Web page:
Sleep Experts Warn That What We've Been Told About The 'Correct' Sleep Position Is All Wrong

Getting a good night's rest is super important to your overall health.

woman asleep in bed Kinga Howard / Unsplash 

There’s no better feeling than climbing into bed after a long day. Curling up under your quilt and letting your head hit the pillow is just the beginning of your journey into dreamland. 

Despite extensive research on the subject, there’s a lot of conflicting information about sleep out there, and some of it might be stopping us from getting a good night’s rest.

Sleep experts warn that what we’ve learned about the ‘correct’ sleeping position is totally wrong.

You’ve probably heard an endless list of tips and tricks for catching Z’s, including which position is best for your body to sleep in. 


Maybe you’re someone who likes to fall asleep on your side; only when you wake up in the morning do you find that you’re on your stomach. You might be worried about how you’ve moved around in your sleep, but there’s no cause for concern. 

The long-held idea that certain sleep positions are better than others might actually be incorrect.



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Sleeping on your back has long been maligned as a straight path to poor sleep, but that’s not necessarily true. Unless you have sleep apnea, a condition in which your airways collapse during sleep, causing you to stop breathing throughout the night, sleeping on your back might not be problematic.

We can’t control our bodies while we’re sleeping, and it’s probably best not to force yourself into any particular position. 

In 1977, a psychologist named Samuel Dunkell maintained that a person’s sleeping position offered clues about their personality and underlying psychological traits. 

Another psychologist, Joseph De Koninck, debunked Dunkell’s theory after a research project where he photographed people’s sleeping positions during the night. 

De Koninck discovered that our sleep position isn’t connected to our personalities or even the sleep stage we’re in. He noted that the way you fall asleep at night isn’t always how you’ll stay sleeping, which explains why you wake up in a different place in your bed than where you started out.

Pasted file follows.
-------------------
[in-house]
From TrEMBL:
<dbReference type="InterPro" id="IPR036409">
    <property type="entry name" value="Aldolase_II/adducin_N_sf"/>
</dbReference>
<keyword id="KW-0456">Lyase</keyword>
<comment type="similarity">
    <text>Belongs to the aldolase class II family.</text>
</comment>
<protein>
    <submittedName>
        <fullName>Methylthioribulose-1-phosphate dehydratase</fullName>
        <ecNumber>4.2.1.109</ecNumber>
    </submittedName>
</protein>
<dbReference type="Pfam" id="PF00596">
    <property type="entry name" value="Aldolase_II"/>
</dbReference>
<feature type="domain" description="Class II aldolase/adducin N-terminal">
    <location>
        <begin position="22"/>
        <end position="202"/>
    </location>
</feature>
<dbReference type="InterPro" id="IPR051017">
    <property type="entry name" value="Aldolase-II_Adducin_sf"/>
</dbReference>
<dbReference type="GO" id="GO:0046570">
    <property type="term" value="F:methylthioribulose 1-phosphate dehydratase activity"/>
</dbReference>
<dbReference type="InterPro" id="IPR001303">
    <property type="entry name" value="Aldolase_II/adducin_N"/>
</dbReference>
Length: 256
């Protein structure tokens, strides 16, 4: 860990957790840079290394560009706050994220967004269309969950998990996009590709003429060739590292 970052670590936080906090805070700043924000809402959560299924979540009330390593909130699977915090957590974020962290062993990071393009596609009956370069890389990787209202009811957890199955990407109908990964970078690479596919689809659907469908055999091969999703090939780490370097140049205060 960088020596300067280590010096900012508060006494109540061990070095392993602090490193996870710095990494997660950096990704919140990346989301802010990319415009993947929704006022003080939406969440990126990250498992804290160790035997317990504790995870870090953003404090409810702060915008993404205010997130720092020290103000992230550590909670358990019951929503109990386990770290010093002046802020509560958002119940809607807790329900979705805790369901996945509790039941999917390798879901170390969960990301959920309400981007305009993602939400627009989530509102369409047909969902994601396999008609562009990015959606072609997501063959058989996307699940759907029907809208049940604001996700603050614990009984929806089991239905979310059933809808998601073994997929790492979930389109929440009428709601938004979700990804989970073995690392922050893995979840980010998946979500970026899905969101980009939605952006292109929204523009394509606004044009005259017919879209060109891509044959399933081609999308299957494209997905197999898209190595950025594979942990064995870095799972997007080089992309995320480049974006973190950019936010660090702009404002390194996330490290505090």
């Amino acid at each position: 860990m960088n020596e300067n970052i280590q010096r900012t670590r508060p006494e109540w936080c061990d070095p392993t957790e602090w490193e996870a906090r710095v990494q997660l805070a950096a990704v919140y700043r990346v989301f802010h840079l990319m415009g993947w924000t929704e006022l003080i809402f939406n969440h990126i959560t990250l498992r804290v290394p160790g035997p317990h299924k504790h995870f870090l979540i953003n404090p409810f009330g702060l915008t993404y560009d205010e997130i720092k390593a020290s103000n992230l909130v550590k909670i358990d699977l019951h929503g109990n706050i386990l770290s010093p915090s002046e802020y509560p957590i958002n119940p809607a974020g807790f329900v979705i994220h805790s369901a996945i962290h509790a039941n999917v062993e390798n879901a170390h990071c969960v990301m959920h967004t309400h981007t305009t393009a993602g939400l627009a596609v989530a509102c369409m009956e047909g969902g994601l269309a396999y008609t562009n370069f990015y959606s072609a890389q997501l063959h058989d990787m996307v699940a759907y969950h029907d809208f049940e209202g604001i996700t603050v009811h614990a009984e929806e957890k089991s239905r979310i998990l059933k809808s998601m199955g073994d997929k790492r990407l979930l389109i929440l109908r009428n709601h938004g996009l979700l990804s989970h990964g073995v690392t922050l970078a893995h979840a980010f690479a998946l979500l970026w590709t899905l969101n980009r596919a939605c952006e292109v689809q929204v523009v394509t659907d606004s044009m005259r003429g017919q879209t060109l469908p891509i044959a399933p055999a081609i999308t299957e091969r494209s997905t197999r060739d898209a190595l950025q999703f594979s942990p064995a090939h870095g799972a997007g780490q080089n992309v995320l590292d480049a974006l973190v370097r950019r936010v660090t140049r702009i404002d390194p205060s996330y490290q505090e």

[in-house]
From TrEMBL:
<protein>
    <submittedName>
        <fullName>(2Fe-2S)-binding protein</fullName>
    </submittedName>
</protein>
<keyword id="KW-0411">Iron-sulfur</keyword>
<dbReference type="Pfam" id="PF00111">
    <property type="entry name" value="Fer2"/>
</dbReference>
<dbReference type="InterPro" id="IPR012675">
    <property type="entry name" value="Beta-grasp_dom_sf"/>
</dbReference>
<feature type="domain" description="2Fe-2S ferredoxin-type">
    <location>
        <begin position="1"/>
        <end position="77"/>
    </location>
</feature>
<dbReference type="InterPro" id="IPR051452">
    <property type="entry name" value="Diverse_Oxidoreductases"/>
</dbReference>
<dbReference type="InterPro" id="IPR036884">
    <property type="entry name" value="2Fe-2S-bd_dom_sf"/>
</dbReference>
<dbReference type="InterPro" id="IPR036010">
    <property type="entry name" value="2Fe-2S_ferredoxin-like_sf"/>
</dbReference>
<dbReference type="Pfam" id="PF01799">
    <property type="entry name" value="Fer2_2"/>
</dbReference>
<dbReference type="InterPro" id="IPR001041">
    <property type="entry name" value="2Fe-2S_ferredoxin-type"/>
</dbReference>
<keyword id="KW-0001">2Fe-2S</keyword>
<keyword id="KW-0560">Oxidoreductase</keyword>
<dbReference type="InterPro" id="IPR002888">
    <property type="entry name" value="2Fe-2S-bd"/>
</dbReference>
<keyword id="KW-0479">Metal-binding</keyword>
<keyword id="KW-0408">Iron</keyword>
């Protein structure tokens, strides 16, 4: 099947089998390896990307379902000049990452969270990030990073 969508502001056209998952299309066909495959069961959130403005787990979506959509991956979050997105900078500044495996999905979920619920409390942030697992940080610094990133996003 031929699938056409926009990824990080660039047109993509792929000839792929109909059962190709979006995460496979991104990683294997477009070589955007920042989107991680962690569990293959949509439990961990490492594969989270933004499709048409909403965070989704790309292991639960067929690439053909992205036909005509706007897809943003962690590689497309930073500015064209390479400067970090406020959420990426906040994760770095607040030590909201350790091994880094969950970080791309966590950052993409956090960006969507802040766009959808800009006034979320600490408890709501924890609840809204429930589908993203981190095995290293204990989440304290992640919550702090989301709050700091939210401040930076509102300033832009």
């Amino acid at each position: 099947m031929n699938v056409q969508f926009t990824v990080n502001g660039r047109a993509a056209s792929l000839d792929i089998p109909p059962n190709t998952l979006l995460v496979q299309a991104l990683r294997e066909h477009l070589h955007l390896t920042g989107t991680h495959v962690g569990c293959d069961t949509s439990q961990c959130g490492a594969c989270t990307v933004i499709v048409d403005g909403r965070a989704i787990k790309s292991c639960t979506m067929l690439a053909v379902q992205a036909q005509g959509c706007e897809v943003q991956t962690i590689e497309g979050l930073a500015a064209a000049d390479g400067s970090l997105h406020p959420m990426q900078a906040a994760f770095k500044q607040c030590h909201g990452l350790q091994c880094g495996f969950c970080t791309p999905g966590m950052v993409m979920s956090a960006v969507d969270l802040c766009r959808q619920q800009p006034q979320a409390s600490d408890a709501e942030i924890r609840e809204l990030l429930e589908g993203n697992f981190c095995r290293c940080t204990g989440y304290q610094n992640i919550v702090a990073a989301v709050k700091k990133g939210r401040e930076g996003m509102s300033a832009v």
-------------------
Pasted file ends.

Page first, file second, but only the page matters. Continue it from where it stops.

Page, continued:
Sleep Experts Warn That What We've Been Told About The Correct Sleep Position Is All Wrong Photo: Milan Gaziev / Unsplash 

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Our sleep patterns change as we get older. As we age, the number of times that we change how we hold ourselves during sleep lowers. 

Older people and people with bigger bodies move around in their sleep less than younger people do.


We have very little control over how our bodies move once we’re asleep, so we’re better off letting ourselves lie as we will. 

Sleep Experts Warn That What We've Been Told About The Correct Sleep Position Is All Wrong Photo: Vladislav Muslakov / Unsplash 

Raman Malhotra, who was once the president of the American Academy of Sleep Medicine, recommends worrying less about your sleep position and paying close attention to how you feel when you wake up in the morning




Instead of concerning yourself with what position you sleep in, make sure you’re practicing healthy sleep hygiene.

Establish a bedtime routine without phones or screens. Turn your lights down low. Avoid drinking caffeine past noon, and try to get into bed around the same time every night. 


Listening to your body’s specific needs and honoring them will award you the best possible sleep you can get, no matter what position you wind up in.

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Alexandra Blogier is a writer on YourTango's news and entertainment team. She covers social issues, pop culture, and all things to do with the entertainment industry.